Yes, I’m comparing Globus online to Dropbox, for two reasons - one with a positive connotation and one with a negative connotation. On the positive side, it’s a black box, which is designed to just work; user authenticates, sets up transfer endpoints and proxies and shifts data. However, it’s not an infrastructure - you have to do all the collaboration stuff yourself. There’s no concept of VO, there’s no trust anchor, you can’t discover endpoints (apart from searching what people have already put in), there’s no authoritative source of information regarding services. ↩
This is a perfect place for citation needed ! I have only anecdotal evidence, and perhaps there’s no actual reason for this. Indeed, I’m starting to think that there’s some kind of complicit conspiracy between who-knows-who, some kind of post-communist, socialist plot to get us to accept that we need to share resources and that these need to be developed and operated by some kind of tech illuminati. Hey, it’s a public holiday, I’m allowed to rant. ↩
Your mileage may vary significantly - remember, this is a personal blog, I’m allowed my opinion (in South Africa at least). Section 16 states “Everyone has the right to freedom of expression, which includes freedom of the press and other media; freedom to receive or impart information or ideas; freedom of artistic creativity; and academic freedom and freedom of scientific research.” ↩
See http://www.e-irg.eu/publications/e-irg-recommendations.html ↩
The International Telecoms Union defintion of Open Standards : http://www.itu.int/en/ITU-T/ipr/Pages/open.aspx ↩
S. Andreozzi, S. Burke, L. Field, G. Galang, B. Konya, M. Litmaath, P. Millar, J. P. Navarro, “GLUE Specification v. 2.0”, http://www.ogf.org/documents/GFD.147.pdf ↩
V. Ciaschini, V. Venturi, A. Ceccanti, “The VOMS Attribute Certificate Format”, OGF GFD.182↩
Cooper, D., Santesson, S., Farrell, S., Boeyen, S., Housley, R., and W. Polk, “Internet X.509 Public Key Infrastructure Certificate and Certificate Revocation List (CRL) Profile”, RFC 5280, May 2008. ↩
Direct link to the source : https://sourceforge.net/p/ctsciencegtwys/einfsrv/sources/HEAD/tree/trunk/einfrsrv-portlet/docroot/WEB-INF/src/it/infn/ct/einfrsrv/management/eInfraServPortlet.java#l434 ↩
I haven’t had the cajones to try files bigger than that, but I suspect that this action will simply kill the jvm and the actual vm. ↩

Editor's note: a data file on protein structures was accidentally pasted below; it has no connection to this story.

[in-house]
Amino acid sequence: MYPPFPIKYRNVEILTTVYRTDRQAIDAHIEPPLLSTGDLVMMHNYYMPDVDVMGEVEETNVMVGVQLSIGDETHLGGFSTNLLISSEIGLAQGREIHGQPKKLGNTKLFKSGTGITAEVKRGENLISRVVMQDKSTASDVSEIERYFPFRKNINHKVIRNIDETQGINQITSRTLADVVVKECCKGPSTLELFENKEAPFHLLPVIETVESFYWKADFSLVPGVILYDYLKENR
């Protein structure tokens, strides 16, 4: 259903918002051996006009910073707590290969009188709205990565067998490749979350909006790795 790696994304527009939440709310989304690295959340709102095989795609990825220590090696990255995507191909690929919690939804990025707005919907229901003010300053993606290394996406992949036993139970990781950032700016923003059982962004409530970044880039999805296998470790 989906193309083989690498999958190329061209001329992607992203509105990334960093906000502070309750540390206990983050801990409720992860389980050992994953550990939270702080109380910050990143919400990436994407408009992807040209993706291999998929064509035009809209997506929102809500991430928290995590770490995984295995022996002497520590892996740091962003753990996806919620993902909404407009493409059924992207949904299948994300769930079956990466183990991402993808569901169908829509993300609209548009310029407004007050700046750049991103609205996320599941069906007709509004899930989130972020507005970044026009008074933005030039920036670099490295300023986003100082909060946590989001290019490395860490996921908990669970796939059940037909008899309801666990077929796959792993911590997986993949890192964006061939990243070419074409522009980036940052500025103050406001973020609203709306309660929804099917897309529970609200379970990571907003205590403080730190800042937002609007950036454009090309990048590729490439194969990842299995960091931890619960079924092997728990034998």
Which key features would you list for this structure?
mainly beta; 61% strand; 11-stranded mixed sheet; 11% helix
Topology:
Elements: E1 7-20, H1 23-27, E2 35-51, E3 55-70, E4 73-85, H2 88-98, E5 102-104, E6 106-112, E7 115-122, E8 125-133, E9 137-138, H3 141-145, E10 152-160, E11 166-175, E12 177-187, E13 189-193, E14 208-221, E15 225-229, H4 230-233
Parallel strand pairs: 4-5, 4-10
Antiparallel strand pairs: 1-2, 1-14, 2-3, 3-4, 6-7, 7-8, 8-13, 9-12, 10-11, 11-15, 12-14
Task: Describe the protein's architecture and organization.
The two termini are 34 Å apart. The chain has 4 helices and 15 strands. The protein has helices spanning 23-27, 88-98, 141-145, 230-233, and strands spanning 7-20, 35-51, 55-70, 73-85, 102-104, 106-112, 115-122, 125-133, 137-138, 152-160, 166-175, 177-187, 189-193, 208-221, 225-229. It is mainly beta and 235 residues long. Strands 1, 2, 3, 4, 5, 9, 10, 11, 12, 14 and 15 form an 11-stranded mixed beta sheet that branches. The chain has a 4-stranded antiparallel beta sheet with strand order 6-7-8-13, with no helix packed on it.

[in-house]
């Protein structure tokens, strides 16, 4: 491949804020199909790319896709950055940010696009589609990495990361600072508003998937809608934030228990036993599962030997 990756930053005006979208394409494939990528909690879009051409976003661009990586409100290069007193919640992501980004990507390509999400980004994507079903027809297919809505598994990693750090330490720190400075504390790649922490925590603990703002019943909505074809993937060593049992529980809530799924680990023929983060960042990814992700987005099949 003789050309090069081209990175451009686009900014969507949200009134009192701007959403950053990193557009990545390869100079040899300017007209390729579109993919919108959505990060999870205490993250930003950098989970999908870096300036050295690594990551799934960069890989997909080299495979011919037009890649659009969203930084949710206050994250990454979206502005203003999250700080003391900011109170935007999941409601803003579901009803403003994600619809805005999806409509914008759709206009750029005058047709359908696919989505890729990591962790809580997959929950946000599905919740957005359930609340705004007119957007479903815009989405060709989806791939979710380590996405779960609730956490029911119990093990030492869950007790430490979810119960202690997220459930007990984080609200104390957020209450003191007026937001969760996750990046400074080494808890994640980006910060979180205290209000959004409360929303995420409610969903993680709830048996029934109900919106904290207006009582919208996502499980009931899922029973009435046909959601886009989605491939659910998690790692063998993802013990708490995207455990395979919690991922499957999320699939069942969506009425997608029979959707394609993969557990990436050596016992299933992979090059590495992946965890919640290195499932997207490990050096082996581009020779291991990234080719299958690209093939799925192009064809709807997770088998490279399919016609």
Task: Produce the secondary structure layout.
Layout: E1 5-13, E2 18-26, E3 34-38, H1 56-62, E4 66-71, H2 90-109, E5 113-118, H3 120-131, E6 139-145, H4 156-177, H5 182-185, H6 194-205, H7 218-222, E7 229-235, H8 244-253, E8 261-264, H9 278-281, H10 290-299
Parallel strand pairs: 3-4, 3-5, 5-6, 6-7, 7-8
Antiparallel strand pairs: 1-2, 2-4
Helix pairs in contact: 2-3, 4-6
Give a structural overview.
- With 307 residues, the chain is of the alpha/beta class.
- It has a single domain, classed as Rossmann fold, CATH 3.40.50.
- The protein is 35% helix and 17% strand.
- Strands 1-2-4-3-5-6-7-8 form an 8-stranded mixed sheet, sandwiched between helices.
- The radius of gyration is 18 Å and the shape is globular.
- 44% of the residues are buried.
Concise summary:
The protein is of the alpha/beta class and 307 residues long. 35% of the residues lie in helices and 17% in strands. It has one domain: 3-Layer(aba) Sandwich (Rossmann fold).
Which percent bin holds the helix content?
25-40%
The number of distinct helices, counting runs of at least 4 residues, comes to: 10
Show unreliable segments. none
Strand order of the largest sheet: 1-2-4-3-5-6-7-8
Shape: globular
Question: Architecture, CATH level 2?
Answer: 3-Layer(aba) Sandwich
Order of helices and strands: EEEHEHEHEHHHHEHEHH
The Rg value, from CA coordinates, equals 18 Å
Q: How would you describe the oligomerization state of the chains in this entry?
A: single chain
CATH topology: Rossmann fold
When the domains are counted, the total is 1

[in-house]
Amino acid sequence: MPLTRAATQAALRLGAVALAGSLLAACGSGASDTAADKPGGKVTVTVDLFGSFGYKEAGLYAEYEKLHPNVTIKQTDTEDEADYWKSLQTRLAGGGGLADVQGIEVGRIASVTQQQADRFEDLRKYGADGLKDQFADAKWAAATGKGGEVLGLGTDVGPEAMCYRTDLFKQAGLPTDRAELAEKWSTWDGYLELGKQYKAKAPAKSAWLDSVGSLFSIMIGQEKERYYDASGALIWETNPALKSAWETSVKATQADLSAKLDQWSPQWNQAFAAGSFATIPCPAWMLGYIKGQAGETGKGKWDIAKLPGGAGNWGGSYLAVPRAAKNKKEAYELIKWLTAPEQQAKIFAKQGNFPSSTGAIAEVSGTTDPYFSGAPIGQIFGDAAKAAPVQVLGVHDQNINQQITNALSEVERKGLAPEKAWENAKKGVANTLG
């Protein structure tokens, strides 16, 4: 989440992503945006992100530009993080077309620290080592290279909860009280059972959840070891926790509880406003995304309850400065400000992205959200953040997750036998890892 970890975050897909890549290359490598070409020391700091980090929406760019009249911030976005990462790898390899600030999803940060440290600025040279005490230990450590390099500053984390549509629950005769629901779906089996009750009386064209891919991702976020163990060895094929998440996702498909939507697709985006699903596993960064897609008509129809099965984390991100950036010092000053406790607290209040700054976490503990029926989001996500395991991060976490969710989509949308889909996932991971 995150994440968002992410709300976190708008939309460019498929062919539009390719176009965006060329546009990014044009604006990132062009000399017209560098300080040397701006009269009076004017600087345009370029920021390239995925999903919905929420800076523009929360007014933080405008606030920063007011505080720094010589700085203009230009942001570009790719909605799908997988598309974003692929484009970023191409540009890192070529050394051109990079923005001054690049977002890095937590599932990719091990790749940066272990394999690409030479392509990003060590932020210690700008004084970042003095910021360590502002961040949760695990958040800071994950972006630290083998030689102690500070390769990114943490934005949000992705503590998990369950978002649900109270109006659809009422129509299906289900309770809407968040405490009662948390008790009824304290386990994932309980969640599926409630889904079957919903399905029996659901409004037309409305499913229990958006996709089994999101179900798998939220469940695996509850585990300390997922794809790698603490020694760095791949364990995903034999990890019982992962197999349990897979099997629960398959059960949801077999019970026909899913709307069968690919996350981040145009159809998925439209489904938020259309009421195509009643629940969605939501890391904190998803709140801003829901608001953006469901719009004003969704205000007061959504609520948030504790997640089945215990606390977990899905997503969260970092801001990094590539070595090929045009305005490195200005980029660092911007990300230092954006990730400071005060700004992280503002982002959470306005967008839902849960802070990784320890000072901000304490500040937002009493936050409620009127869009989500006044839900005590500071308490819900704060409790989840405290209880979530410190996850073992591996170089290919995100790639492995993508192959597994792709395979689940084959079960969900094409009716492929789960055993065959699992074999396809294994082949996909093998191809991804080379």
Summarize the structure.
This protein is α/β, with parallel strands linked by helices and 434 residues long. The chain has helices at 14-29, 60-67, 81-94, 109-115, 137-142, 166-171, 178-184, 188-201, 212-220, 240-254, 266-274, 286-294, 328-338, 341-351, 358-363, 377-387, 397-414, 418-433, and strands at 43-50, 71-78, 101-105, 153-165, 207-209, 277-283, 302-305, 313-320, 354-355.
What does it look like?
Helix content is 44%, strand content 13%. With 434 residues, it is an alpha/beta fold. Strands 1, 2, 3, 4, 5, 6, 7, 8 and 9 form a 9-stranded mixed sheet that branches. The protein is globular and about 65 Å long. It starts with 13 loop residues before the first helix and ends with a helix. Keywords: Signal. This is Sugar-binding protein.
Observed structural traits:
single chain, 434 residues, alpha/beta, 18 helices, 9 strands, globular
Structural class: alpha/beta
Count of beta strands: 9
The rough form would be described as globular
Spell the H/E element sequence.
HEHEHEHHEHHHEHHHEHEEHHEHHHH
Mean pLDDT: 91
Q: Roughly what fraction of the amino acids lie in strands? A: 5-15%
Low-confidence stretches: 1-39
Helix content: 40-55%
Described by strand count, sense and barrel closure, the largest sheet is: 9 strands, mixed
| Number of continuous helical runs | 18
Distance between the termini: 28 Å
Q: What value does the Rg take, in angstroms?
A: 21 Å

A sequence of files in steps of 1 GB were created from 1 GB to 25 GB. No performance change in average bandwidth was noticed. There might be some impact of overhead for significantly smaller files. ↩
Reported on Friday May 2. Can’t see anything relevant in the logs and I can’t reproduce the error. My first guess is that this is a Liferay timeout issue, although it could likely be an AuthN issue. Boh… ↩
This is especially true given that the portal is currently running on an albeit beefy VM. ↩
Charts - a short digression. Call me biased, but I love the way that ALICE visualises the status and usage of its infrastructure. The ALICE monitor shows the user in great detail what’s going on. Using jFreeCharts they allow a lot of data dynamically visualised data. Clearly, that data has to be be collected or generated somehow - a task which is probably better left to a dedicated machine, say data-monitor.sagrid.ac.za. A lot of the data necessary to plot performance of the data gateway should come from network monitors, perfSONAR results, etc. At the end of the day, the gateway is just that - a gateway to an infrastructure, not part of it. The infrastructure should be monitoring itself. ↩
This is one of the things that Globus Online does exceptionally well of course. ↩
It seems this was requested by a few people in the Liferay community. The quote comes from http://www.liferay.com/community/forums/-/message_boards/message/21600002 ↩
By this, I mean “From undertermined, random sources to predetermined, well-known destinations”. This is a concept which is somewhat inherent in the gateway; it’s very name implies some sort of boundary. ↩
A very quick search only showed http://www.apoorvaprakash.in/2011/02/liferay-scheduler.html. Maybe the Liferay Ajax support in Allow wil allow that… ↩